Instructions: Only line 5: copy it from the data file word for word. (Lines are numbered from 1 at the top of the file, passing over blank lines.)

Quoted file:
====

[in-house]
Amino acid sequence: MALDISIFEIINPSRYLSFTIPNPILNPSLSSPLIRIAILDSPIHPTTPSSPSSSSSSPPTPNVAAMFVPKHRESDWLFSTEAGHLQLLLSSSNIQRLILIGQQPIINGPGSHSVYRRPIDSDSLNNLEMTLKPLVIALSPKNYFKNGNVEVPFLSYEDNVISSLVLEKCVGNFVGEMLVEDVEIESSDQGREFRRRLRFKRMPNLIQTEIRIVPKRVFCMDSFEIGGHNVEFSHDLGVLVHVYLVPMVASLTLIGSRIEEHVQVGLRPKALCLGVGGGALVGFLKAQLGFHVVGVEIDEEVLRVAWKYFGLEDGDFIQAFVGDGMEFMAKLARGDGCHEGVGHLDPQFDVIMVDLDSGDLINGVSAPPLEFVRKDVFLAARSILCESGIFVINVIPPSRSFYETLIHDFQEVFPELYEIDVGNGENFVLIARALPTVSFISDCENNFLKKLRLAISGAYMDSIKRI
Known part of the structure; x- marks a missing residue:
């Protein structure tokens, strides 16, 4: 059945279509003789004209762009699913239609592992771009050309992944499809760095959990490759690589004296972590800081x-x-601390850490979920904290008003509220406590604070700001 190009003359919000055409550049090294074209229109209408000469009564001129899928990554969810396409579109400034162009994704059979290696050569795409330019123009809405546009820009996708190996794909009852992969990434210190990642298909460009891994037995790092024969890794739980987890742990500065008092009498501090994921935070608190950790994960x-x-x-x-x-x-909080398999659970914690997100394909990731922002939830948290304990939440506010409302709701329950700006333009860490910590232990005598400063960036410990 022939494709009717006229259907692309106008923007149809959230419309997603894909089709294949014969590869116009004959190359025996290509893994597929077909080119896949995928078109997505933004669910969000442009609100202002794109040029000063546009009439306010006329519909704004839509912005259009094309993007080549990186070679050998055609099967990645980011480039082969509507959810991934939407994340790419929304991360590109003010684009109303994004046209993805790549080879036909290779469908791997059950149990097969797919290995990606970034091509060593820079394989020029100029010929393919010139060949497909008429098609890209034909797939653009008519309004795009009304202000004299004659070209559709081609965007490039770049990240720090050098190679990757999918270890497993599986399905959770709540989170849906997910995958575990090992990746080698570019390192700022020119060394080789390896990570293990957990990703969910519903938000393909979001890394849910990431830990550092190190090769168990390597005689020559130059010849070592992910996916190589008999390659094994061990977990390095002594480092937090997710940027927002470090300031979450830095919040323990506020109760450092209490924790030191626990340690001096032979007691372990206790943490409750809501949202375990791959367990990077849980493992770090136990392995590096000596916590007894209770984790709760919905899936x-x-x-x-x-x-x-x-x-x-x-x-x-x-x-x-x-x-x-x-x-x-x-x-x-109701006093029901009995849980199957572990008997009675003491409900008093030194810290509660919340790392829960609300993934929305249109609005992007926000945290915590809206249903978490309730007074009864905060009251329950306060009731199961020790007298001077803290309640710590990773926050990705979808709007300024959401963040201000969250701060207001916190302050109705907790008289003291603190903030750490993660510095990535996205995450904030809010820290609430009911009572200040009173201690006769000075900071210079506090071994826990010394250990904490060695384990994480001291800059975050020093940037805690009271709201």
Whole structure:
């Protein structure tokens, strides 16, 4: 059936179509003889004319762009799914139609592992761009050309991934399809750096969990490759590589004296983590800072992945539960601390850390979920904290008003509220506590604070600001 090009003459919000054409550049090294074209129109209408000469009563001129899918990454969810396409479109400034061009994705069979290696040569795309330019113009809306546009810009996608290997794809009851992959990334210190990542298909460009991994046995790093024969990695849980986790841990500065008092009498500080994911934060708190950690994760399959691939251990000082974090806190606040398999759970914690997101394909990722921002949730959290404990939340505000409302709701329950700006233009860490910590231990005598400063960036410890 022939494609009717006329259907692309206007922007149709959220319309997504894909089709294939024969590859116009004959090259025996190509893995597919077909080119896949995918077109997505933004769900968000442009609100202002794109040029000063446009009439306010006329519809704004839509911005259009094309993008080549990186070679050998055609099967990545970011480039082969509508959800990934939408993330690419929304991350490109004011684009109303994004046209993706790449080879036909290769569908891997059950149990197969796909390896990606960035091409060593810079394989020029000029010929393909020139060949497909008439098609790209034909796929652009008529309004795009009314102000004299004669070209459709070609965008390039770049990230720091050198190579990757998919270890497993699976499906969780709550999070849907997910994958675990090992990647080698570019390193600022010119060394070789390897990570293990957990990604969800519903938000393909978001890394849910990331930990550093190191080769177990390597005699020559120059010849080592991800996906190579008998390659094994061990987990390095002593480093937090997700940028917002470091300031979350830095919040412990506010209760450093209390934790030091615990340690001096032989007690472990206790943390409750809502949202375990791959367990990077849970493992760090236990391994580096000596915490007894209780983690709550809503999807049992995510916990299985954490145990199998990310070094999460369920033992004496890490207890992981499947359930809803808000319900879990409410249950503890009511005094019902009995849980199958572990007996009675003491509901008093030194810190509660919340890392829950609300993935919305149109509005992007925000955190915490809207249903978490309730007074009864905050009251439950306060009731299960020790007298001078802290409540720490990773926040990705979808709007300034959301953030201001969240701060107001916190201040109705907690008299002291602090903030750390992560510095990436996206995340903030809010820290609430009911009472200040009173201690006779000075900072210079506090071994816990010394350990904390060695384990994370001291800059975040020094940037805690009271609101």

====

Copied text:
Whole structure: